Solution: take a basic course, preferably before you move abroad. It can really contribute to a soft landing.
Expat problem #2: fitting in
Several studies have shown that there are differences
in the values of people from different cultures around the world. These differences fortunately very often go well, but sometimes the differences between cultures are so great that this can be a problem to fit in. It then becomes an added challenge to let go of your familiar values and blend into your new culture. To accurately assess what motivates people in a multicultural work environment or city, we must learn to understand the differences in each other's values and the resulting patterns of behaviour. There is only 1 way to do that and that is to integrate into the new culture. While it may feel safe and pleasant to hang out with other expats because you think they are going through the same thing, I recommend that you additionally hang out with people from the country itself. They are often a bridge to the new culture, language and laws and regulations. In doing so, you get to know new people and you don't have to completely reinvent the wheel.
Solution: actively participate in neighborhood activities, build friendships with native speakers and exchange certain habituations for something from the adopted culture.
Expat problem #3: finding a house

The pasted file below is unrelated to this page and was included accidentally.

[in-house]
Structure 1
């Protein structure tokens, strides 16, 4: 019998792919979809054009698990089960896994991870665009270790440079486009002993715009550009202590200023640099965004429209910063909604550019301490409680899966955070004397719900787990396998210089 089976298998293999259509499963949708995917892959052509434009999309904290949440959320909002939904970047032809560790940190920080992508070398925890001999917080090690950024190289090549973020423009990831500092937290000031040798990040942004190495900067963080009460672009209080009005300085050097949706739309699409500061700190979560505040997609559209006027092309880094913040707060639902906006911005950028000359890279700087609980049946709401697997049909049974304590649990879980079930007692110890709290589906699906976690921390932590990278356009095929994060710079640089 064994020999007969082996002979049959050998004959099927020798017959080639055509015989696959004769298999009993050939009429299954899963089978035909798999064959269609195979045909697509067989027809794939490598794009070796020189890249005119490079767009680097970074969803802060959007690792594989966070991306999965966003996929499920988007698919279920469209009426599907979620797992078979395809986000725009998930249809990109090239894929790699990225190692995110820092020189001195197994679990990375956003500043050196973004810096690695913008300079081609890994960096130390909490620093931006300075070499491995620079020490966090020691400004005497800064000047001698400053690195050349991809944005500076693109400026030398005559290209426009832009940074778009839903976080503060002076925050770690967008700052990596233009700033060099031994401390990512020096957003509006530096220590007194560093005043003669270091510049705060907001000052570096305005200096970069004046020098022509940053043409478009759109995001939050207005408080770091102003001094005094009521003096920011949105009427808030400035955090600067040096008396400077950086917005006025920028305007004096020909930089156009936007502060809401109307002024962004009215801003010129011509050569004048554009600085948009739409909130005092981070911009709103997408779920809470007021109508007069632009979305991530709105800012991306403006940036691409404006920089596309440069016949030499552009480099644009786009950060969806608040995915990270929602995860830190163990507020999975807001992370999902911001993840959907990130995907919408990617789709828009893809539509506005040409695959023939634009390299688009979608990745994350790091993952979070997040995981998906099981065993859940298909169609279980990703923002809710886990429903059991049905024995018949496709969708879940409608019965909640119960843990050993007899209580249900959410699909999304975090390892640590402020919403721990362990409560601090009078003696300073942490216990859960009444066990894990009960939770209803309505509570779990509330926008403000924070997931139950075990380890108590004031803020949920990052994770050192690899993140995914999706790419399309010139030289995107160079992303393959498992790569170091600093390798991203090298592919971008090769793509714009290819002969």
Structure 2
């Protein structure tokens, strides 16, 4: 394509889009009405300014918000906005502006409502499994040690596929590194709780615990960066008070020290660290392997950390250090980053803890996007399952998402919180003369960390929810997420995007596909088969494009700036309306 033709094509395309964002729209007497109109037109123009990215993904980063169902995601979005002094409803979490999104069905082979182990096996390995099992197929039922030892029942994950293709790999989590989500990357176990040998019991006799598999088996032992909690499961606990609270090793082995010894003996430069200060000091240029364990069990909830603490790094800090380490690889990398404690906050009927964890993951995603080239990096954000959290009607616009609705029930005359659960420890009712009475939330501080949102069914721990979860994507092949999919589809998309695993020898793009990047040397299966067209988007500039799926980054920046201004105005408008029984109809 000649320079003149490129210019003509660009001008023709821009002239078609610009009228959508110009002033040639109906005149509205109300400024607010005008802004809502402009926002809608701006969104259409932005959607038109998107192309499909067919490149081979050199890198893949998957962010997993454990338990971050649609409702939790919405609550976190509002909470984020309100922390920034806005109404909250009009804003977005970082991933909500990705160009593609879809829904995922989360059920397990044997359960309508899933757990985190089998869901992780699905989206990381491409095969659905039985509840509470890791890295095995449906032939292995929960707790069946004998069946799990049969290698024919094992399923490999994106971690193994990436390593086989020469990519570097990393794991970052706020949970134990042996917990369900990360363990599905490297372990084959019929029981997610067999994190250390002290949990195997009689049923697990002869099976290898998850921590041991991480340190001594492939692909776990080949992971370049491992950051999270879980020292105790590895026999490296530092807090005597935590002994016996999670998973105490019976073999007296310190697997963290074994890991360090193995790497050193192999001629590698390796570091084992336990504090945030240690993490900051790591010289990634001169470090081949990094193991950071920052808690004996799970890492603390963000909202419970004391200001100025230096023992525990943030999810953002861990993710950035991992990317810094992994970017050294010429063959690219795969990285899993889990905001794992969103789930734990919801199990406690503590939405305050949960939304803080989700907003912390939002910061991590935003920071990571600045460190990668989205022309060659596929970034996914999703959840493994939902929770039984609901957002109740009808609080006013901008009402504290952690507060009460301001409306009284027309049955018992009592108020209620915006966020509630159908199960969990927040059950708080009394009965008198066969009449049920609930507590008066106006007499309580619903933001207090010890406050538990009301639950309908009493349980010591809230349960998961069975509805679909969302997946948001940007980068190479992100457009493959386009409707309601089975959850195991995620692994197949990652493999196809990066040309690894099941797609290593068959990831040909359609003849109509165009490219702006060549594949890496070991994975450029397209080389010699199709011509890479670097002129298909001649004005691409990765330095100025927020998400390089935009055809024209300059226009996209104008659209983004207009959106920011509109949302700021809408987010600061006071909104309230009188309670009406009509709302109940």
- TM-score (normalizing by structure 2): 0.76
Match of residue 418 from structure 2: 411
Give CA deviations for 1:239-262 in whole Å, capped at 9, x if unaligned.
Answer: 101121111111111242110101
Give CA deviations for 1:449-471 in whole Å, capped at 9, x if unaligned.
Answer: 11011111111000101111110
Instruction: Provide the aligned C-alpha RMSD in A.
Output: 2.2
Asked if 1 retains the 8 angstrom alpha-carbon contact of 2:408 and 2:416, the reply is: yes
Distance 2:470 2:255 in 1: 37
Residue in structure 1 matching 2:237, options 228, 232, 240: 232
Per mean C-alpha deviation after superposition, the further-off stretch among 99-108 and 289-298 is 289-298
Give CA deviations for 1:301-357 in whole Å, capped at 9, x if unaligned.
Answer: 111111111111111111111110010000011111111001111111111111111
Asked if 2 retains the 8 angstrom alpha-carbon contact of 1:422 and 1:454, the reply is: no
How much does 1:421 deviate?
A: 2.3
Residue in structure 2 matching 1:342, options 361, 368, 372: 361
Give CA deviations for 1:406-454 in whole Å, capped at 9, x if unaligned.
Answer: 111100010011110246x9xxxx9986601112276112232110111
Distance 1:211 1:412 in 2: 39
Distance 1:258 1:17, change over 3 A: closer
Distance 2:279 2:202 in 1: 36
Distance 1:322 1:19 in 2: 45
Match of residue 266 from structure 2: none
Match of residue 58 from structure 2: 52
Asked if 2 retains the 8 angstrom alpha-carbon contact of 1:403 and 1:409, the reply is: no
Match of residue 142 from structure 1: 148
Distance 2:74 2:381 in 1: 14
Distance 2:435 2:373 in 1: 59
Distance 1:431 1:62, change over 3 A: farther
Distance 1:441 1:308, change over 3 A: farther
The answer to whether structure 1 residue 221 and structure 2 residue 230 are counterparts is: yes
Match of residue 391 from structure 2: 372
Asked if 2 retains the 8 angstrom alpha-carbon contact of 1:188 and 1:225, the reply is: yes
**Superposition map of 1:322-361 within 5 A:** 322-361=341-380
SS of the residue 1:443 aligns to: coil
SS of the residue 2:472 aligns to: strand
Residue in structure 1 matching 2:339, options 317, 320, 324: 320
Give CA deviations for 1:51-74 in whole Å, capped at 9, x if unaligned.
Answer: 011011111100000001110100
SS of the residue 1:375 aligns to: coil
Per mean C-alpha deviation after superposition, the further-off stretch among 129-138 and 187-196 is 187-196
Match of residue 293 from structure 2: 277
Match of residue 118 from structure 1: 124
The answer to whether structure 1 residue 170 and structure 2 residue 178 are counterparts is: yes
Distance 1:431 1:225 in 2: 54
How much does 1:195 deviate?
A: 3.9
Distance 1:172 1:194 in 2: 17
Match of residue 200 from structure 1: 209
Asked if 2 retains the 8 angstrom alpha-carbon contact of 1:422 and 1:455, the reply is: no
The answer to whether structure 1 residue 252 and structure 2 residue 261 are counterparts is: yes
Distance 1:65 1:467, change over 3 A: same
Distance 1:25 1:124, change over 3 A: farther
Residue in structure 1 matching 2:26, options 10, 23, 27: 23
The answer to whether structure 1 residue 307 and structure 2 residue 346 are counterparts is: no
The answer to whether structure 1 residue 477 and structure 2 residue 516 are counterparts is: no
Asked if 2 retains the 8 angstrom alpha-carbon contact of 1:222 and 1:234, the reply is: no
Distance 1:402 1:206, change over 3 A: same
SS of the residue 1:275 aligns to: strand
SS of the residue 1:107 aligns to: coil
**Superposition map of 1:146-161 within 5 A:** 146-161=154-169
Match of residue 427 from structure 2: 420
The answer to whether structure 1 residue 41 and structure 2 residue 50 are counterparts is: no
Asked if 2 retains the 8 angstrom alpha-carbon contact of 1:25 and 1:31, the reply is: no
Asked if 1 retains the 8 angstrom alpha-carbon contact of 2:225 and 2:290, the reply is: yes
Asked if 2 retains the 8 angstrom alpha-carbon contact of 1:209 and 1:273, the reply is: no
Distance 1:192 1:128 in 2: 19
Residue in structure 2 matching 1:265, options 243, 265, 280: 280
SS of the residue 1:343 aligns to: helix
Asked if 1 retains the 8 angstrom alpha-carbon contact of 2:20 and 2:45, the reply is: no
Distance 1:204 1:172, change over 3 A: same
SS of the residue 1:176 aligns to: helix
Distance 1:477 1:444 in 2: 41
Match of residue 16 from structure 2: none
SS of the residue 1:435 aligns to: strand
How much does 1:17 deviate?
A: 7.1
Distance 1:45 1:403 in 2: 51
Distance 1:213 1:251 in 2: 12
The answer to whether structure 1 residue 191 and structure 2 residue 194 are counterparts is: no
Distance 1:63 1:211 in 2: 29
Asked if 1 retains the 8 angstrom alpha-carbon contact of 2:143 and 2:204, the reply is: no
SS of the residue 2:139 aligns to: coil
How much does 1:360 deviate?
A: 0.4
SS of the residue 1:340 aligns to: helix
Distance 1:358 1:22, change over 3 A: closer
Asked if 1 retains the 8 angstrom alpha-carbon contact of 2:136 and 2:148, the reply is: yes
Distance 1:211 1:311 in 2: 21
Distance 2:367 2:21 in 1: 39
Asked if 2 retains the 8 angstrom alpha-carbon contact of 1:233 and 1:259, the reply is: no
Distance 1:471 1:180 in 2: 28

Navigating a housing market in an unfamiliar city or country can be difficult. You can enlist the help of colleagues or a relocation agent who specializes in finding the right home for expats. We used such an agent and that was very handy. We drove through the city with her and did a so-called house hunting. We visited 8 different houses in one day. The advantage of this is that she knows exactly what you are looking for because she bases herself on your wishes. The disadvantage of visiting so many houses in one day is that you can get overwhelmed by so much choice. You literally can't see the house through the houses anymore. I can therefore wholeheartedly recommend that you spread the house viewing over several days if you have the opportunity to do so. We had to plan a trip to Germany for the house viewing, which requires extra logistical planning. So we thought it would be a good idea to see as many houses as possible because we were limited. It becomes even more challenging if you have children, because you don't do them any favors by getting in and out of the car all day and showing them several houses. A babysitter for your offspring is therefore a better option so that you and your partner can find the right house in peace with the relocation agent.